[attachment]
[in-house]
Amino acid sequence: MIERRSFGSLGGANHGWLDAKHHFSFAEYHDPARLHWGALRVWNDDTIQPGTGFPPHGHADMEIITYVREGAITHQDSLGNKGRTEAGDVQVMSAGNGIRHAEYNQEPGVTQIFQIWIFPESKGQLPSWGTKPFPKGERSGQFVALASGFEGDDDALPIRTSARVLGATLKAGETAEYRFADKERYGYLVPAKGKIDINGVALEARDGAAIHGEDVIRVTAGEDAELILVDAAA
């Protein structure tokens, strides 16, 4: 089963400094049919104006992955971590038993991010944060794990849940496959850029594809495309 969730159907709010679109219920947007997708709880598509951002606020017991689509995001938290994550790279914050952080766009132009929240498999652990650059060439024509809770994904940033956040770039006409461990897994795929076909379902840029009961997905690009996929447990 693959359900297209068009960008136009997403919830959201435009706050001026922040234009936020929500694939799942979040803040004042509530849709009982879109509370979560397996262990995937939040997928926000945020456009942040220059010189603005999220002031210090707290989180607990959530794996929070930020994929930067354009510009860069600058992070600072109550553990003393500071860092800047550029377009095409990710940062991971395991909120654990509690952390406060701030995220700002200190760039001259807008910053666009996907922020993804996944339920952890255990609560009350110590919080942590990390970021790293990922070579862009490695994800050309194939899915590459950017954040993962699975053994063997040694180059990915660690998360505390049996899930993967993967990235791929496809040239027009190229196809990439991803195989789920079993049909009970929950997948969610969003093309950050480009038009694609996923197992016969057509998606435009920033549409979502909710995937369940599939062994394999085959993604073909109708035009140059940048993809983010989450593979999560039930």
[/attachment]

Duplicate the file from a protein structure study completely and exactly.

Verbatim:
[in-house]
Amino acid sequence: MIERRSFGSLGGANHGWLDAKHHFSFAEYHDPARLHWGALRVWNDDTIQPGTGFPPHGHADMEIITYVREGAITHQDSLGNKGRTEAGDVQVMSAGNGIRHAEYNQEPGVTQIFQIWIFPESKGQLPSWGTKPFPKGERSGQFVALASGFEGDDDALPIRTSARVLGATLKAGETAEYRFADKERYGYLVPAKGKIDINGVALEARDGAAIHGEDVIRVTAGEDAELILVDAAA
């Protein structure tokens, strides 16, 4: 089963400094049919104006992955971590038993991010944060794990849940496959850029594809495309 969730159907709010679109219920947007997708709880598509951002606020017991689509995001938290994550790279914050952080766009132009929240498999652990650059060439024509809770994904940033956040770039006409461990897994795929076909379902840029009961997905690009996929447990 693959359900297209068009960008136009997403919830959201435009706050001026922040234009936020929500694939799942979040803040004042509530849709009982879109509370979560397996262990995937939040997928926000945020456009942040220059010189603005999220002031210090707290989180607990959530794996929070930020994929930067354009510009860069600058992070600072109550553990003393500071860092800047550029377009095409990710940062991971395991909120654990509690952390406060701030995220700002200190760039001259807008910053666009996907922020993804996944339920952890255990609560009350110590919080942590990390970021790293990922070579862009490695994800050309194939899915590459950017954040993962699975053994063997040694180059990915660690998360505390049996899930993967993967990235791929496809040239027009190229196809990439991803195989789920079993049909009970929950997948969610969003093309950050480009038009694609996923197992016969057509998606435009920033549409979502909710995937369940599939062994394999085959993604073909109708035009140059940048993809983010989450593979999560039930």